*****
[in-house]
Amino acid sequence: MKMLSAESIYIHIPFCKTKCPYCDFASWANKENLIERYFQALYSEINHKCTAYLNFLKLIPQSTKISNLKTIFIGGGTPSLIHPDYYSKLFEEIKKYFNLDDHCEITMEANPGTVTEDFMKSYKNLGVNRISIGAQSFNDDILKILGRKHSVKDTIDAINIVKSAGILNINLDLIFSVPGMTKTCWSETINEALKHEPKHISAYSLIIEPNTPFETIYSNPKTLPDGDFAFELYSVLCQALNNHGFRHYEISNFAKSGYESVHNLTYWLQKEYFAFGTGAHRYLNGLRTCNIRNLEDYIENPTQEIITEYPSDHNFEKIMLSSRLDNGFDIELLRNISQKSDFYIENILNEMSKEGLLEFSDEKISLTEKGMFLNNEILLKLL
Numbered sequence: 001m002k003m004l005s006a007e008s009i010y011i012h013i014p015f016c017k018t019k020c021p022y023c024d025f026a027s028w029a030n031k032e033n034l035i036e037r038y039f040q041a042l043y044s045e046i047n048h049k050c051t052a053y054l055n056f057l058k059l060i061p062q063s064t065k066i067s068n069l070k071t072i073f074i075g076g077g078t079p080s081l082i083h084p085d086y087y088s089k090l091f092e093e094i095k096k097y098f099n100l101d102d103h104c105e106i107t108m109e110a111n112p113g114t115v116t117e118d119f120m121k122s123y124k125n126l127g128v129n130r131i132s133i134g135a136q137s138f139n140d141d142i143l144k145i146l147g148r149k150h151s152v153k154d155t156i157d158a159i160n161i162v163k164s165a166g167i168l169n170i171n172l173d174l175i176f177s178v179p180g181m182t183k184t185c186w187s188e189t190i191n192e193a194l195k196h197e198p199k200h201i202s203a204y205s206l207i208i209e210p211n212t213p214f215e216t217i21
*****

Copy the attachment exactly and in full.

[in-house]
Amino acid sequence: MKMLSAESIYIHIPFCKTKCPYCDFASWANKENLIERYFQALYSEINHKCTAYLNFLKLIPQSTKISNLKTIFIGGGTPSLIHPDYYSKLFEEIKKYFNLDDHCEITMEANPGTVTEDFMKSYKNLGVNRISIGAQSFNDDILKILGRKHSVKDTIDAINIVKSAGILNINLDLIFSVPGMTKTCWSETINEALKHEPKHISAYSLIIEPNTPFETIYSNPKTLPDGDFAFELYSVLCQALNNHGFRHYEISNFAKSGYESVHNLTYWLQKEYFAFGTGAHRYLNGLRTCNIRNLEDYIENPTQEIITEYPSDHNFEKIMLSSRLDNGFDIELLRNISQKSDFYIENILNEMSKEGLLEFSDEKISLTEKGMFLNNEILLKLL
Numbered sequence: 001m002k003m004l005s006a007e008s009i010y011i012h013i014p015f016c017k018t019k020c021p022y023c024d025f026a027s028w029a030n031k032e033n034l035i036e037r038y039f040q041a042l043y044s045e046i047n048h049k050c051t052a053y054l055n056f057l058k059l060i061p062q063s064t065k066i067s068n069l070k071t072i073f074i075g076g077g078t079p080s081l082i083h084p085d086y087y088s089k090l091f092e093e094i095k096k097y098f099n100l101d102d103h104c105e106i107t108m109e110a111n112p113g114t115v116t117e118d119f120m121k122s123y124k125n126l127g128v129n130r131i132s133i134g135a136q137s138f139n140d141d142i143l144k145i146l147g148r149k150h151s152v153k154d155t156i157d158a159i160n161i162v163k164s165a166g167i168l169n170i171n172l173d174l175i176f177s178v179p180g181m182t183k184t185c186w187s188e189t190i191n192e193a194l195k196h197e198p199k200h201i202s203a204y205s206l207i208i209e210p211n212t213p214f215e216t217i21